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I am trying to add non-null constraints on several columns in a table with about 70,000,000 rows. Each statement is just ALTER TABLE table_name ALTER COLUMN column_name SET NOT NULL;, and each statement takes about 4.5 minutes to complete.

During this time, the read IOPS spike to about 8,000, and stay there until the statement completes. However, after executing several of these statements, the IOPS drop to 2,000 and are capped there. At this point each statement takes four times as long. If I wait a while, I can get another 30 minutes or so at 8,000 IOPS.

At first I thought this was the burst credits being used and then regenerated, but

  • The burst balance never drops below 98% during this entire time.
  • According to the documentation, I should have a balance of about 2,970, not 8,000.

The database details are

  • Postgres 11.8 on AWS RDS.
  • Instance size is db.t3.large.
  • 990 GB of GP storage.
  • No provisioned IOPS.

My questions are

  • What is going on here? What is the significance of the 8,000 and 2,000 numbers? I can't find documentation about this anywhere.
  • Why isn't burst balance being used here?
  • Is 4.5 minutes to add the constraint on a 70 million-row table reasonable? And in general, is there a more efficient way I can be doing this? I still have over 60 columns to alter.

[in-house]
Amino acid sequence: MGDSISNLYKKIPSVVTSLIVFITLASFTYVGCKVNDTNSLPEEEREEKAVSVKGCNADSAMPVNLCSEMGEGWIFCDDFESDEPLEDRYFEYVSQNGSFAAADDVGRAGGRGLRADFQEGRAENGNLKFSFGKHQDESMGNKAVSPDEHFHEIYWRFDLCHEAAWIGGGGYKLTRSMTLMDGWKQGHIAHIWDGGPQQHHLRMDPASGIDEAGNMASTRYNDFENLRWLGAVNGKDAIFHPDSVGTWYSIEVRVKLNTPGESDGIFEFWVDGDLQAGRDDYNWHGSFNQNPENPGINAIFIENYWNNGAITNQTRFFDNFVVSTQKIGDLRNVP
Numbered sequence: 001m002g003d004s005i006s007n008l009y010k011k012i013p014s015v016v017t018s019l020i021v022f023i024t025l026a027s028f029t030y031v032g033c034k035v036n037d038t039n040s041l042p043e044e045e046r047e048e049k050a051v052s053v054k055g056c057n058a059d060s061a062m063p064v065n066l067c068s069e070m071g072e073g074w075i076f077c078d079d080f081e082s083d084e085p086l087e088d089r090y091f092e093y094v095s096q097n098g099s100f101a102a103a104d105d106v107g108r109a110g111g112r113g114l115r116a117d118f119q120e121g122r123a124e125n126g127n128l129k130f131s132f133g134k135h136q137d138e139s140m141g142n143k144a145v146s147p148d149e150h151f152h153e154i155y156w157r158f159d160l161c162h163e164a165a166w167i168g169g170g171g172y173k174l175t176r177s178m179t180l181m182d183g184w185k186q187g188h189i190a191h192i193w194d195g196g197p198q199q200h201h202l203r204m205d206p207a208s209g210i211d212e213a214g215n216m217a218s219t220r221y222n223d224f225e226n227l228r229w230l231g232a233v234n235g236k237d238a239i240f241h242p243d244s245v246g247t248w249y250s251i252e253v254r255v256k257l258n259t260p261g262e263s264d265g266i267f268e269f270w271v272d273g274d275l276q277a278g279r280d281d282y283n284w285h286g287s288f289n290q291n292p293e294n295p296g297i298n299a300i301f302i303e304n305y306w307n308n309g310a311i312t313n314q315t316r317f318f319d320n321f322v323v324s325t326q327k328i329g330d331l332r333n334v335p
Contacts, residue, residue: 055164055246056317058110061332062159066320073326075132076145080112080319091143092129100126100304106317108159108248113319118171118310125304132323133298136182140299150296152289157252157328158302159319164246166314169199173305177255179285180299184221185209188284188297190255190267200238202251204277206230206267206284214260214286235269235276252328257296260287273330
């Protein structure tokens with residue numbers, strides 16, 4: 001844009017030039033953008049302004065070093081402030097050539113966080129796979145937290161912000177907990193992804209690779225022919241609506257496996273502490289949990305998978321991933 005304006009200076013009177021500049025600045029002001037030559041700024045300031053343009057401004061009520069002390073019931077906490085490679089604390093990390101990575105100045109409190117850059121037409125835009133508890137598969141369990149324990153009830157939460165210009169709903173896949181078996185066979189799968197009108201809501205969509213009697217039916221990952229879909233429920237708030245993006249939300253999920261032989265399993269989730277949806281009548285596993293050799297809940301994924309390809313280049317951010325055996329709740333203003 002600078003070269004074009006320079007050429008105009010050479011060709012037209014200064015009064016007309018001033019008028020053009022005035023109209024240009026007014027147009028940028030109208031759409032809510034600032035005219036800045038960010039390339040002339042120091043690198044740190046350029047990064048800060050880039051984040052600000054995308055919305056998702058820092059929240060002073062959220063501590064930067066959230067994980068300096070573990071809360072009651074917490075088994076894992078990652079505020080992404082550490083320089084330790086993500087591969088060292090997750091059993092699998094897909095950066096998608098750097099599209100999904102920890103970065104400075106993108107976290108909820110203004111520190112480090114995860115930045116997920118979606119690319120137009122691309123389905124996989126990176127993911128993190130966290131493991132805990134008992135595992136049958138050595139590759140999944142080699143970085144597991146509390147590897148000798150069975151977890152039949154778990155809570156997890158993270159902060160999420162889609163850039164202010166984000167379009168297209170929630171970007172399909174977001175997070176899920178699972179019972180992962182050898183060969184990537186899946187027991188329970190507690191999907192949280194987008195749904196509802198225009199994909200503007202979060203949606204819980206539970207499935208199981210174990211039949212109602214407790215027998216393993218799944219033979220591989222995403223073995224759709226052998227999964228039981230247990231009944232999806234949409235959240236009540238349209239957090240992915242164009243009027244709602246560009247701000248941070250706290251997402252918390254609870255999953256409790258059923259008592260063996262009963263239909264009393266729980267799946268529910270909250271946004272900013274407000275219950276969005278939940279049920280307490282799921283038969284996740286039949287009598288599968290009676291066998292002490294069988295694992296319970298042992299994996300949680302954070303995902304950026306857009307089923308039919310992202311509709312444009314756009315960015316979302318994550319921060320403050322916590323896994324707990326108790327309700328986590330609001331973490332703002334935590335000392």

Read IOPS

read IOPS

Write IOPS

write IOPS

Burst balance

burst balance

CPU

CPU

Memory

memory

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I've not found the IO burst balance to work the way the documents state nor the monitoring of the burst balance to reflect reality, for t* class instances. So while I can't explain your observation, it does not surprise me.

And in general, is there a more efficient way I can be doing this?

A single ALTER TABLE can implement a number of actions, not just a single action. And it should generally scan the table only once, not once for each action.

ALTER TABLE table_name 
   ALTER COLUMN column_name1 SET NOT NULL,
   ALTER COLUMN column_name2 SET NOT NULL,
   ALTER COLUMN column_name3 SET NOT NULL,
   ALTER COLUMN column_name4 SET NOT NULL,
   ALTER COLUMN column_name5 SET NOT NULL...;

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